Vaccine may be ready in early 2021, neighbourhood creates space for self-isolation, and oxygen supply shortage looms in Gauteng

By Christi Nortier 9 July 2020

Some of the first South African Covid-19 vaccine triallists at Chris Hani-Baragwanath hospital in Soweto. (Photo: EPA-EFE / Siphiwe Sibeko / Pool)

On Thursday, it was predicted that the Covid-19 vaccine being trialled in South Africa may be ready by early 2021. In Gauteng, the short supply of oxygen has raised questions over how much planning and preparation was done during lockdown. Meanwhile, amaBhungane has revealed that a bungled tender could have provided a lifeline of food parcels to Sassa grant recipients before and during lockdown. In Cape Town, a neighbourhood has pulled together to provide a safe space for people with Covid-19 to isolate.

Christi Nortier

Scroll through the gallery below to view the latest Covid-19 numbers available on 9 July at the district level. All maps are sourced from provincial health departments; however, KwaZulu-Natal, Gauteng and Limpopo did not provide an update by the time of publishing:

The Covid-19 vaccine currently being trialled in South Africa could be ready in the first quarter of 2021 – but this, of course, depends on the results of the clinical trials, said the principal investigator of Oxford Covid-19 Vaccine Trial in South Africa, Professor Shabir Madhi. He was providing an update on the trial during a World Health Organisation press briefing on Thursday 9 July. He said that in the meantime, the focus must remain on slowing the spread of the virus. 

“The vaccine needs to take place, but we need to manage what is upon us right now and that is the surging cases we are seeing across the African continent.”

Just as Covid-19 is surging in Gauteng, so the province’s public hospitals and clinics have started to run out of oxygen with no clear solution to the problem. This is in addition to the pressure of hospital beds filling up quickly with Covid-19 patients. Doctors have reported that the number of hospital beds with piped oxygen has not been increased during the three-month lockdown. At Nasrec field hospital, only eight out of between 400 and 500 beds have piped oxygen. Ferial Haffajee explains why oxygen is vital for some patients with severe Covid-19 symptoms and asks doctors what was achieved during lockdown.

The latest investigation by amaBhungane has revealed that there could have been a system of food parcel delivery already in place before the pandemic hit, if it were not for a Sassa tender gone awry. Sassa failed to appoint a new service provider to supply and distribute food parcels after a contract came to an end in November 2019. The service provider whose contract ended in 2019 sat with millions of rand worth of food with nowhere to go. Gemma Ritchie unpacks how things went wrong.

A group of neighbours in Ocean View, Cape Town, have pulled together donations to temporarily convert a crèche into a new community care centre where residents can stay if they need to isolate after testing positive for Covid-19. It has space for 10 people, and volunteers from the neighbourhood’s Collective Action Network will look after them. As Vincent Cruywagen reports, the initiative has been recognised by the provincial department of health as proof that communities can come together and help each other.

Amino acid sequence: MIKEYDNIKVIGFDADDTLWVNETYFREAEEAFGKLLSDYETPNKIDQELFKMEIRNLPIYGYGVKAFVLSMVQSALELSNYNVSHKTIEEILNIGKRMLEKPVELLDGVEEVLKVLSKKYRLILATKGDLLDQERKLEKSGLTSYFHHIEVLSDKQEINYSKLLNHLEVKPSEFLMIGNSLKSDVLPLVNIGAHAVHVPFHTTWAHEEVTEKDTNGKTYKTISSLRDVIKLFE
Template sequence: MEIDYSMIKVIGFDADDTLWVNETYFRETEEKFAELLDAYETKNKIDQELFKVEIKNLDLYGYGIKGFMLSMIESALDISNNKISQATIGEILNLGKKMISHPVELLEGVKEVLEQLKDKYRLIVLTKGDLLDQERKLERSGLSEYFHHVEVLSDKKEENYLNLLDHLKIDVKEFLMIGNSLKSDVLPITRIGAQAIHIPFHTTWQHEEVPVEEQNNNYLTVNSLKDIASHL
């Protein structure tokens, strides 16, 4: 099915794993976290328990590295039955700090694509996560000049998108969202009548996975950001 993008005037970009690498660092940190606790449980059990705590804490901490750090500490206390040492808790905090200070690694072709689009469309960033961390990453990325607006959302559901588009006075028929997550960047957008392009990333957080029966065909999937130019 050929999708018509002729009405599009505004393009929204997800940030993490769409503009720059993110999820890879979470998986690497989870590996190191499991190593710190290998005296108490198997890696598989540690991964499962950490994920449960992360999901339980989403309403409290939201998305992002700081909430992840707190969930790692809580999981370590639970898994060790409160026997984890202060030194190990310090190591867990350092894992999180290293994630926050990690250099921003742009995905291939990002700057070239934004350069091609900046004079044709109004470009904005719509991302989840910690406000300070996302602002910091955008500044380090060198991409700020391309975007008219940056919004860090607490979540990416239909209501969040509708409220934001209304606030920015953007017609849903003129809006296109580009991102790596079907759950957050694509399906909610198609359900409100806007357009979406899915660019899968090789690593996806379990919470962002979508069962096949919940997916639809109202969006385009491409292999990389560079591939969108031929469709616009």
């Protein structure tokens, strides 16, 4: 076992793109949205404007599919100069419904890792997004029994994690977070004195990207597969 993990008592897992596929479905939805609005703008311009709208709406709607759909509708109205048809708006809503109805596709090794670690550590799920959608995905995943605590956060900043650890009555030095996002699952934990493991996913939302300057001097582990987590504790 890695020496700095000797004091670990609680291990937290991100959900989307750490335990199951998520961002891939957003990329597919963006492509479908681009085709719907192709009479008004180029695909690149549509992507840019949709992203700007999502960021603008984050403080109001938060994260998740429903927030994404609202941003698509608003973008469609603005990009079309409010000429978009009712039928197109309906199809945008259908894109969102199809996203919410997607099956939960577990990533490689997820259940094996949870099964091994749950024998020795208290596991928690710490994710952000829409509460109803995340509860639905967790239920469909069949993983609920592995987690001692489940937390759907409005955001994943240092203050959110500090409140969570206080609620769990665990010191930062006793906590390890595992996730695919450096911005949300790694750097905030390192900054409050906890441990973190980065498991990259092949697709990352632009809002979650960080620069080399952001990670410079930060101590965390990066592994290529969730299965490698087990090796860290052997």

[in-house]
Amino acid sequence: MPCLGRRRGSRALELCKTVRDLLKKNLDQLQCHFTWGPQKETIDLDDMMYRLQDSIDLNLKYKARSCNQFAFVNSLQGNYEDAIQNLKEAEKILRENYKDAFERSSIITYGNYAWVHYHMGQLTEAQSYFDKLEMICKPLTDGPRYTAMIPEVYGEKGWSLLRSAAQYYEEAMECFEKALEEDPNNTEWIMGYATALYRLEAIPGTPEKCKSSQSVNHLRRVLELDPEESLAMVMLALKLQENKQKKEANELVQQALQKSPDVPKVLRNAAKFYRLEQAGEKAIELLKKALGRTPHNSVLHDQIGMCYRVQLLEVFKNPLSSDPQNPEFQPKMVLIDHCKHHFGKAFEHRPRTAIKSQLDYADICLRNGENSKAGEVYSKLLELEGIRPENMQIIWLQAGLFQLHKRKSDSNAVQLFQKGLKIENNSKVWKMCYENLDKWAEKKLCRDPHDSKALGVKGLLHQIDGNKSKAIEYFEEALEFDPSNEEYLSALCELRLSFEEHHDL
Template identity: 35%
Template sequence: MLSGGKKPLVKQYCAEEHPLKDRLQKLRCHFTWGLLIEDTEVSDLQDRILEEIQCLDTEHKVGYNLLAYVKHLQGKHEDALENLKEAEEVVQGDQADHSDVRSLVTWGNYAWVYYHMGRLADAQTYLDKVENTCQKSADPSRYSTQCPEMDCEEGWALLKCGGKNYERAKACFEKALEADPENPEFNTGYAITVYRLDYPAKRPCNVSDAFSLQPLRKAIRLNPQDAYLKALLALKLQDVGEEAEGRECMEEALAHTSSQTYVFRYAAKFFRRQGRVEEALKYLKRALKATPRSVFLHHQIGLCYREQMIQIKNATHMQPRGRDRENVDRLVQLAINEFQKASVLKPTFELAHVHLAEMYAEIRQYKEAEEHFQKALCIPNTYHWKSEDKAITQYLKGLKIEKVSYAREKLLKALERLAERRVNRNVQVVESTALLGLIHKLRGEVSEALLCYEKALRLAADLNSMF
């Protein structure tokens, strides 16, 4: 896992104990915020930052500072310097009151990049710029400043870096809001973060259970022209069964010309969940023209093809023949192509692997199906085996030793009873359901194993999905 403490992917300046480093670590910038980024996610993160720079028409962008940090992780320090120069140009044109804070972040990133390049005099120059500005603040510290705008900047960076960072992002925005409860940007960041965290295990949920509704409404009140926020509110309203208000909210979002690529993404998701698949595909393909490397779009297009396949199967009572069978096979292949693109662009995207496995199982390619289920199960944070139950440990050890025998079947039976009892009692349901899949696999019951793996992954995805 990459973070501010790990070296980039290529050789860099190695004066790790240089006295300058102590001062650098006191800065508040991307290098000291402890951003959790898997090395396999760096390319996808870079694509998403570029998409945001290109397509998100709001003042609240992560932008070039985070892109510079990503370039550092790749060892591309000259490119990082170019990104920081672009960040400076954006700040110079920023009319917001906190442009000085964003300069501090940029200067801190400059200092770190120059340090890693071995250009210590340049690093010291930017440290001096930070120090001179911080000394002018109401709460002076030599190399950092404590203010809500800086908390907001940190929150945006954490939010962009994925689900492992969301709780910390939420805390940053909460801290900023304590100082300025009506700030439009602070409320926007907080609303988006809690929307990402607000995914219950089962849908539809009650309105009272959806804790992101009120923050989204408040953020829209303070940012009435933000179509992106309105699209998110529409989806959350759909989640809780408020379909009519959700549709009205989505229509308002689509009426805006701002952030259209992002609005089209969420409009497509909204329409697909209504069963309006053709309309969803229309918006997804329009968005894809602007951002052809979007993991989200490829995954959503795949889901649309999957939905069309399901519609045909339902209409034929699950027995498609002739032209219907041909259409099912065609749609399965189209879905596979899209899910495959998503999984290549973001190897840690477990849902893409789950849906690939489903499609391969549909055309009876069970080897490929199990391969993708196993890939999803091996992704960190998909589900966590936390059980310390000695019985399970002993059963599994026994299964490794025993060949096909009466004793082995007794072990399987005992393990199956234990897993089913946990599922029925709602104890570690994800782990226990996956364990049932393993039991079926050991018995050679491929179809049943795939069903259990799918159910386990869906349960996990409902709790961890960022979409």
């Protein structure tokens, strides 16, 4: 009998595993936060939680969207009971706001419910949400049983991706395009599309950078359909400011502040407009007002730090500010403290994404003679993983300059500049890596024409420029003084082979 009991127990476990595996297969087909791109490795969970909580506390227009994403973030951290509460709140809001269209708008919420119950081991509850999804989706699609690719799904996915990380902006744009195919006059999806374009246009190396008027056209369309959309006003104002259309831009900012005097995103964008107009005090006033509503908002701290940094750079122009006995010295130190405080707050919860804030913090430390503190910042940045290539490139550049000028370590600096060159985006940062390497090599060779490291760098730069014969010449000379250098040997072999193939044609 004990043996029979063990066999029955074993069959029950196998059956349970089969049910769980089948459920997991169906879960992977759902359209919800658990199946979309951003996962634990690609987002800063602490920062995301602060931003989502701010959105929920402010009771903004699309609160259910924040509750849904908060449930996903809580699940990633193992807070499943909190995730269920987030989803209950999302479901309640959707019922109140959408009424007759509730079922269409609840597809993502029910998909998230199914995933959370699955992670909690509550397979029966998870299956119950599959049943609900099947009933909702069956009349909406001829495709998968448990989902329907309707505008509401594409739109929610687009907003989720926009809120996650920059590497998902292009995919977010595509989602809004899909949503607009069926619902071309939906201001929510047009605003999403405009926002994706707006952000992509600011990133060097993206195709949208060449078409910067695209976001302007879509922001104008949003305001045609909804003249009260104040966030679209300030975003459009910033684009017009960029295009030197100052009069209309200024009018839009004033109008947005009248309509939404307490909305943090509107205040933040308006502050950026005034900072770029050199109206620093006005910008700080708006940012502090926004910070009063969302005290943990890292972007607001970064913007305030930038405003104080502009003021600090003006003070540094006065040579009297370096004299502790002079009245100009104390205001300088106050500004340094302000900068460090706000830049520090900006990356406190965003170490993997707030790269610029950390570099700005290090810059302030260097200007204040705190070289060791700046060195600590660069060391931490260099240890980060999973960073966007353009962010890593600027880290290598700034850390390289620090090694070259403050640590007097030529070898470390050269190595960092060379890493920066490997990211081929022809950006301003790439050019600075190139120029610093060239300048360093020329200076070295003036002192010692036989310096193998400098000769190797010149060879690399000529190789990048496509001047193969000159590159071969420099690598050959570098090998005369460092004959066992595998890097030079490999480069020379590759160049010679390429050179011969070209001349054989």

The Gauteng Health Department has clarified that the province’s municipalities have the capacity for 1.5 million gravesites. It made the clarification after the Health MEC Bandile Masuku said on Wednesday that 1.5 million gravesites were being prepared in the province. 

Meanwhile, the Pretoria High Court has granted the Fair Trade Independent Tobacco Association its bid to appeal the ban on the sale of tobacco products during the lockdown. It will be heard on 15 July.

Nine informal recyclers have finally been released after the North Gauteng High Court declared their arrest and detention at the start of lockdown as unlawful and unconstitutional. The men were arrested for breaking lockdown regulations by going to find recyclable material to make an income. They had been in detention for nearly 90 days and were denied access to legal representatives.

When it came to their release, the prison authorities could not immediately trace two of the men in the jail. In addition, they had been denied medicine such as antiretrovirals. As Chanel Retief writes, Lawyers for Human Rights took on their case and say the men were confused but relieved to realise someone had been fighting for them from outside the whole time.

In Port Elizabeth, waste pickers live and work in fear of Covid-19, but feel they have no choice but to put their health on the line to put food on the table. They receive no outside assistance and rely on industrial waste to find personal protective equipment which they clean and then use. Luvuyo Mehlwana spoke to them about how they navigate the lockdown. DM/MC


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